Impact of Coronavirus on Bankruptcy Filings

The Coronavirus (COVID-19) pandemic has wreaked havoc upon the financial system and businesses across the world. It has been especially disruptive for brick-and-mortar commercial institutions. Such effects will likely lead to a drastic increase in bankruptcy filings, out-of-court workouts, liquidations, debt restructurings, and other lender/borrower negotiations.

Supply chains have been interrupted due to the no-contact preventive measures.  These measures that have been adopted across the country (and world-wide) to slow the spread of the virus. Other measures, such as suspension of gatherings and implementation of curfews, will likely lead to substantial losses for businesses.

Affected businesses may have trouble honoring their financial obligations including making timely payments or satisfying loan ratio requirements. Even businesses with strong balance sheets may be forced to declare bankruptcy to restructure their debts or workout their loans based on cash flow issues.  The economic impacts of the pandemic on your personal or business finances will be transformative, and one must understand the variety of measures one can take to address this widespread financial distress.

Tourism and service industries will likely see the brunt of the impact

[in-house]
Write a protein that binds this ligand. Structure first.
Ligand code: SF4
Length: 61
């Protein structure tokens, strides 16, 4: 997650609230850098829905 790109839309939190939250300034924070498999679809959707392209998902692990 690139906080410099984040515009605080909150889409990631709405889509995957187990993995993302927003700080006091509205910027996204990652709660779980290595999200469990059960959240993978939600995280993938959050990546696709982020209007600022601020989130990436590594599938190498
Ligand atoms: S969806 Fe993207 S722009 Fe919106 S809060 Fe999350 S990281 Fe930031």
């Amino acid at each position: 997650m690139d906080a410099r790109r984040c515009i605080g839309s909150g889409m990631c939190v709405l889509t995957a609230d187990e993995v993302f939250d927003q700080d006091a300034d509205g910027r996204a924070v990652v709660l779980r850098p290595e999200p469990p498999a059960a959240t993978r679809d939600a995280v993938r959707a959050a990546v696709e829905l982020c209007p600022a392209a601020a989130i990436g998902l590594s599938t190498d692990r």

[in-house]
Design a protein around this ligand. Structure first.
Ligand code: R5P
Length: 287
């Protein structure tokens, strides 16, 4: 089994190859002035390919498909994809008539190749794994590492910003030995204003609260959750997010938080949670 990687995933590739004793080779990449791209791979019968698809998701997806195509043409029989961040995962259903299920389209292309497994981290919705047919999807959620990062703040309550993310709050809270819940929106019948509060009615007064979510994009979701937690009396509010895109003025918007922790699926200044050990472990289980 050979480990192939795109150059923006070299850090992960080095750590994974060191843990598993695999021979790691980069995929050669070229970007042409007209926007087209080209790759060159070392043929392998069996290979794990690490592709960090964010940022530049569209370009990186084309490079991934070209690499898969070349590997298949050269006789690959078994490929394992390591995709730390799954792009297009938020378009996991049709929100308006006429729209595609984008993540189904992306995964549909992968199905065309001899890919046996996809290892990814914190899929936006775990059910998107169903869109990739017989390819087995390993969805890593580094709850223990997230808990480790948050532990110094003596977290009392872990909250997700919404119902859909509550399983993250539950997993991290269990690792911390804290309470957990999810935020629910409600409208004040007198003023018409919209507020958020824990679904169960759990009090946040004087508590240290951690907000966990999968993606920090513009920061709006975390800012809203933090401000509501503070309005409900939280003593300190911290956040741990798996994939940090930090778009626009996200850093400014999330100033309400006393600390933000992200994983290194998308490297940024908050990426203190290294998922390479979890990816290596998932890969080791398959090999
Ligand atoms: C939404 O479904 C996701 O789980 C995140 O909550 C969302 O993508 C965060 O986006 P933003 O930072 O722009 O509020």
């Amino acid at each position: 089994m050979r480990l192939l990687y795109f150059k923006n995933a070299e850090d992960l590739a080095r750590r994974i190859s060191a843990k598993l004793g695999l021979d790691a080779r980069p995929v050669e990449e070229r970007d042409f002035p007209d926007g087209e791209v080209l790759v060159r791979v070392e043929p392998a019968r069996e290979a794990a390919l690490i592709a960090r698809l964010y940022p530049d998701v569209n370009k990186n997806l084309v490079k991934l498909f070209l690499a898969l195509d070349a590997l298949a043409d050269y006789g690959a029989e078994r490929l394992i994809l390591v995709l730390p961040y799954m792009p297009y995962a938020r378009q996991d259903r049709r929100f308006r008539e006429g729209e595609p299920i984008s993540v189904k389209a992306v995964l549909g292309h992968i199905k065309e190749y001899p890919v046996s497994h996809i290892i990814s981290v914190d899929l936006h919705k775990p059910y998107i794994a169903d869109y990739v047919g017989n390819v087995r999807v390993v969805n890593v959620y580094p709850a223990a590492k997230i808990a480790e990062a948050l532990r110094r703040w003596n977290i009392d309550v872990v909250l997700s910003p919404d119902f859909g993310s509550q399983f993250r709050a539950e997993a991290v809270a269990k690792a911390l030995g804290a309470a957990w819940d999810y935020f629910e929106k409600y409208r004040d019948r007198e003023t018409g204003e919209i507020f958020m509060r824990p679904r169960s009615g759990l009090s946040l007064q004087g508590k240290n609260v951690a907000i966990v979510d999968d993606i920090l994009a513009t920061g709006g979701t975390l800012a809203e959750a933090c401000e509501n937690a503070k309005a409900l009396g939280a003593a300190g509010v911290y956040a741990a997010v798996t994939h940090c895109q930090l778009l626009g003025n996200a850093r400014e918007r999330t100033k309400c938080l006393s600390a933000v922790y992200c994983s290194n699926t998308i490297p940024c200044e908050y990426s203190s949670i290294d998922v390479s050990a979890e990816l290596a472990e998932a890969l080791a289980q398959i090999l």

The COVID-19 outbreak has already severely impacted  tourism and service industries across the nation. Due to quarantines, social distancing guidelines, and “stay at home” orders issued by local government, tourism has already been significantly effected. Governments are closing borders, hotels are closing up shop, and  international flights have come to a virtual standstill. The hospitality industry will likely remain closed until experts determine it is safe to reopen (there is no certainty on when this will be). Other sectors that are the most likely to see significant declines due to the Conoavirus (Covid-19) include physical, brick and mortar stores, markets, and other “non-essential” service and entertainment industries. If you are involved in the services or hospitality industry, please call us. We may be able to save your business through a loan restructuring, work-out, forbearance agreement or bankruptcy reorganization.

Commercial contracts will be impacted